Project planning is a diverse and many-faceted discipline that requires an equally diverse set of tools. In this article, we’ll break down the project planning process into its 7 main activities — from brainstorming to knowledge management — and look at the best tools for each activity currently available on the market.
1. Writing Tools
Traditional text documents are still the best format for many deliverables created during the project planning phase, such as reports, vision statements and formal project plans. Modern, cloud-based writing tools enable you to share documents with other decision makers efficiently and collaborate on them in real-time. Three of the best and most widely used online writing apps are Google Docs, Microsoft Word Online, and Dropbox Paper, all of which are simple, clean and — with certain limitations — available for free.
Google Docs: Docs is available as part of G Suite — Google’s productivity suite of web-based apps. It’s a solid word processor that lets you work together on documents, leave comments, and even turn comments into tasks that you can assign to a collaborator. Docs also offers a number of great add-ons.
Microsoft Word Online: Similarly to Docs, Microsoft Word Online comes as part of a package — the Microsoft Office 365 Suite. You can save your documents on OneDrive and share them easily with a secure share link.
Dropbox Paper: Compared to Docs and Word, Dropbox Paper is a very sleek and modern looking text editor that focuses on distraction-free writing. It aims to simplify things like pasting videos and formatting images, and overall feels very intuitive. However, the app’s minimalism also applies to features and formatting options, so if your needs are more advanced, Docs or Word is still the better choice.
2. Spreadsheet Tools
Whether you’re creating a work breakdown structure (WBS) or are working on your budget calculations, spreadsheets are an essential part of any project planning process. In 2018, all top players in the spreadsheet market are either cloud-based or at least offer cloud-based versions, enabling you to share sheets easily and collaborate with other team members.
Microsoft Excel: Having been the industry standard since the 90s, Microsoft Excel is widely used across the globe and a solid choice for project managers. Excel can still be purchased and installed locally, but also offers a cloud-based version as part of Office 365.
Google Sheets: If your organization works with G Suite, then Sheets is the obvious choice to cover your spreadsheet needs. The tool also offers a variety of practical templates, and comes with a whole marketplace full of powerful add-ons to make your life easier.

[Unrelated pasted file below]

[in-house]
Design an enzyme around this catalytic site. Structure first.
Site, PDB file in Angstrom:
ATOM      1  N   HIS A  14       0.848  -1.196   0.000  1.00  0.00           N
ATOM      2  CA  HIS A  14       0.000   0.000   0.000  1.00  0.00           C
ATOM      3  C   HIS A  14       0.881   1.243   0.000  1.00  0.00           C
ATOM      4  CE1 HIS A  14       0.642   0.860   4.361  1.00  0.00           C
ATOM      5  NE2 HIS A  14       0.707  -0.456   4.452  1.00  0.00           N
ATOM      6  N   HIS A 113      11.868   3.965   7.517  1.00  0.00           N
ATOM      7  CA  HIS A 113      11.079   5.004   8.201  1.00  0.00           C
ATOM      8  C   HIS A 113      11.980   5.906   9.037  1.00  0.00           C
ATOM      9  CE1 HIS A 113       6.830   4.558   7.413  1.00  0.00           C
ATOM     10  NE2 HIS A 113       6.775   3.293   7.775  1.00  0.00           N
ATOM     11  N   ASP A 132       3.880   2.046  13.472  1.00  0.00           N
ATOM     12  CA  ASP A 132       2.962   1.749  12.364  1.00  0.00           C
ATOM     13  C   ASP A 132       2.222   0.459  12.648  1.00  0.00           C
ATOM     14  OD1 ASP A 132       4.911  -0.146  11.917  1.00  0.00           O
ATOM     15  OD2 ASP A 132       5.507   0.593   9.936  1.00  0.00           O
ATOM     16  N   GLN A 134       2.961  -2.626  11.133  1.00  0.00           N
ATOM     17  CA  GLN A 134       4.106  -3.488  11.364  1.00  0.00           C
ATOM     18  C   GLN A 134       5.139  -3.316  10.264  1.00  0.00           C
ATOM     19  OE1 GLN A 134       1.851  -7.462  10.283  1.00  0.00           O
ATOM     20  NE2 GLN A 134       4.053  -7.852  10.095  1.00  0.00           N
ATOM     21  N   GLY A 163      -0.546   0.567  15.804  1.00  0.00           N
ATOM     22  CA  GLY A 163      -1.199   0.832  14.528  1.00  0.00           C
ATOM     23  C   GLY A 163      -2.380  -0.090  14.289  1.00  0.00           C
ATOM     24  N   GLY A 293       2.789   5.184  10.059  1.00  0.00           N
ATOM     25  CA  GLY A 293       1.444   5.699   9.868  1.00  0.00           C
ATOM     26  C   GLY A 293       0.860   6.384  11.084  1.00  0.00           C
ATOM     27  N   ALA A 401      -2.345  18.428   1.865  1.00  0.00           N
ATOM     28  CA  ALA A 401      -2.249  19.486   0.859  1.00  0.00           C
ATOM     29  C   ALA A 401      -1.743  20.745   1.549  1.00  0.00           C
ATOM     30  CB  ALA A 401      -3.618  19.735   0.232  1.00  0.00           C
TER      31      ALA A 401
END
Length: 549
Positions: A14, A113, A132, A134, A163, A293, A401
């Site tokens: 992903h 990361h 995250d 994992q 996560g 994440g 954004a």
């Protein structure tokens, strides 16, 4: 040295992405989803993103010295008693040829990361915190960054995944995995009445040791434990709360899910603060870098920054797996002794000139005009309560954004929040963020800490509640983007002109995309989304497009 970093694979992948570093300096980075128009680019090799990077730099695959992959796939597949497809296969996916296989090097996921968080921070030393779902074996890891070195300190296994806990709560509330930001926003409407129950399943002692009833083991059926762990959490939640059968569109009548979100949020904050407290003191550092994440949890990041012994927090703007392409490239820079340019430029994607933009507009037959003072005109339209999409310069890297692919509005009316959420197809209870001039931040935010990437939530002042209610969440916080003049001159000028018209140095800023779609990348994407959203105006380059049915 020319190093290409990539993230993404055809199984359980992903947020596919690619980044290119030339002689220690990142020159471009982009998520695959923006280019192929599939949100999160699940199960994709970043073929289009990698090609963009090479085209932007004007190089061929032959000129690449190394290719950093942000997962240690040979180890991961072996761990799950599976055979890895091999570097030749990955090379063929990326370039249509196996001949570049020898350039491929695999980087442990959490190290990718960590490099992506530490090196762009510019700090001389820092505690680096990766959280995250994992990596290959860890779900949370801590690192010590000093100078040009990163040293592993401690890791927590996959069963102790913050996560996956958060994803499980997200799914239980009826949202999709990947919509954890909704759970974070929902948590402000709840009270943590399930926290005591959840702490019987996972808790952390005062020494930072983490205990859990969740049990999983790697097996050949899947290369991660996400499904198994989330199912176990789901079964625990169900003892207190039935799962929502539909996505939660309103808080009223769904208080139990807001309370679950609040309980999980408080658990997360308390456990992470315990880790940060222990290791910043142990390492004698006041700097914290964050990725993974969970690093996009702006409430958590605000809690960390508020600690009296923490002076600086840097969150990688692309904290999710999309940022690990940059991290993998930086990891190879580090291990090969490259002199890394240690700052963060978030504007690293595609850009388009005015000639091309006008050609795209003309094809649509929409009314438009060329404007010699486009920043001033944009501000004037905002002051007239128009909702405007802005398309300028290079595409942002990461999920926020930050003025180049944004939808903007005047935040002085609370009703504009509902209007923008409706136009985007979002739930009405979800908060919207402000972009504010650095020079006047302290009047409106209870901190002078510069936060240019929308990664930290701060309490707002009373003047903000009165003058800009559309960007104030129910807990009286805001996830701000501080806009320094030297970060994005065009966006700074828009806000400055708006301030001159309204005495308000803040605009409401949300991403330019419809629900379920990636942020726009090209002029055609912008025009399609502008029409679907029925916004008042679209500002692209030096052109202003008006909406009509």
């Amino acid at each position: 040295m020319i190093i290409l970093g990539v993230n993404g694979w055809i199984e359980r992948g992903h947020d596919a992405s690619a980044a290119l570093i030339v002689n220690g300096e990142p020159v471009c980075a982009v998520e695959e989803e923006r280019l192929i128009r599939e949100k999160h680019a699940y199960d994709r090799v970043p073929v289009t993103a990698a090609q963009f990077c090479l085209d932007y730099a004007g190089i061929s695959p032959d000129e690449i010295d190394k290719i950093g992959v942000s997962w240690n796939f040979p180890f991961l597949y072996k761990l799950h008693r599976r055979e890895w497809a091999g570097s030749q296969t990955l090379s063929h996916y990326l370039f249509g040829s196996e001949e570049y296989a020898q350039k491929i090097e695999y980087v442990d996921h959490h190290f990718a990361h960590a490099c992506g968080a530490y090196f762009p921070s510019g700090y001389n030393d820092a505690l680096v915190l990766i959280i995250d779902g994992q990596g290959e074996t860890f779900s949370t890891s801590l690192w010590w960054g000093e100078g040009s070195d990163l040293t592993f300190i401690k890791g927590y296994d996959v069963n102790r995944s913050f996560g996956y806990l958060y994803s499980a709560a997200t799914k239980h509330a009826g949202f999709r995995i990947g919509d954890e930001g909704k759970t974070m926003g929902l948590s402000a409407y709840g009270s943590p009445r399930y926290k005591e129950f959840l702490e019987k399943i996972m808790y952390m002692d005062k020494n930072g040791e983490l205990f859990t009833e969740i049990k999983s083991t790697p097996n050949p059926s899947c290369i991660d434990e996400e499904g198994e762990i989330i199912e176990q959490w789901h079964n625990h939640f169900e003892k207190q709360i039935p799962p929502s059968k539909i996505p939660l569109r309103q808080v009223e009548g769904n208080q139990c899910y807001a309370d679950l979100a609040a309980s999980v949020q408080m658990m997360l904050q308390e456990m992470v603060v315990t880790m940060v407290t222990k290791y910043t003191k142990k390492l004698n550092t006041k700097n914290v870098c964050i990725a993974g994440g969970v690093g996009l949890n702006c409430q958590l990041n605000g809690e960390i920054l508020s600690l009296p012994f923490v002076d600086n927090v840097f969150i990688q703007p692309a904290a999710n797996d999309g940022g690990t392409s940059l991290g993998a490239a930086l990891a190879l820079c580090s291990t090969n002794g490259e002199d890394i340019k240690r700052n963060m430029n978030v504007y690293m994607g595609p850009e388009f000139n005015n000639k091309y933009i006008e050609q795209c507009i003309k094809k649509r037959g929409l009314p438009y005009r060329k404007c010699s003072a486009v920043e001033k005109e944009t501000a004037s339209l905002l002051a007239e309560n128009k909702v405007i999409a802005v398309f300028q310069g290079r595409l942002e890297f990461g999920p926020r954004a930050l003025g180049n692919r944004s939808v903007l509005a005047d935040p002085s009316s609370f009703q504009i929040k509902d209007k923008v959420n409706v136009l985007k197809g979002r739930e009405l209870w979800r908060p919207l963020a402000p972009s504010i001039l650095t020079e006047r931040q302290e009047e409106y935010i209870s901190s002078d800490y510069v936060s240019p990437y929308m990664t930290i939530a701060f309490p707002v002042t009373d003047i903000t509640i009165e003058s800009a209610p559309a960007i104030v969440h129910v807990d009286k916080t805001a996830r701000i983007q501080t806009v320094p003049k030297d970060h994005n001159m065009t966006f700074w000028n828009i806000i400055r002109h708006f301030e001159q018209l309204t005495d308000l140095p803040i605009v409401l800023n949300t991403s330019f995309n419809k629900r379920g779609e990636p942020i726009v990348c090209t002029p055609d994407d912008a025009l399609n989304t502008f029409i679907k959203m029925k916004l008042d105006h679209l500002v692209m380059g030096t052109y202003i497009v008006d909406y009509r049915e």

Zoho Sheet: Zoho Sheet is part of Zoho’s comprehensive suite of business software tools. The tool is a valid alternative to the main players in the market, and makes it particularly easy to visualize your data in the form of charts, pivot tables and more. Speaking of chart makers…
3. Chart Makers
If the data visualization options inside your spreadsheet tools aren’t enough, you might want to look for a more specialized chart maker to create your pie charts, bar graphs, infographics and other visual reports.
Infogram: This web-based chart maker lets you create engaging infographics and reports. They offer more than 35 charts and 500 maps, 1 million images and icons, practical templates and more.
Plotly: Plotly is a great choice if your needs are more advanced — it’s marketed towards data scientists and analysts and offers next-level visualizations for your business.
Venngage: Venngage offers a myriad of customizable templates that help you create infographics, presentations, reports, social media visuals and more. Their chart editor is easy to use and lets you import data from Google Sheets.
Bonus: Google Charts: As part of your project communication efforts, you might want to enable stakeholders to view data live on your site. Google Charts lets you create interactive charts for browsers and mobile devices, which are updated based on your data in real-time.
4. Visual Collaboration Tools
Similarly to chart makers and diagram tools, the apps in this category enable you to communicate information visually. However, this time the focus is on the collaborative process: the ability to come together as a team — be it virtually or in-person — and work together in a shared space. Typical uses of visual collaboration tools are brainstorming, decision making and collaborative planning.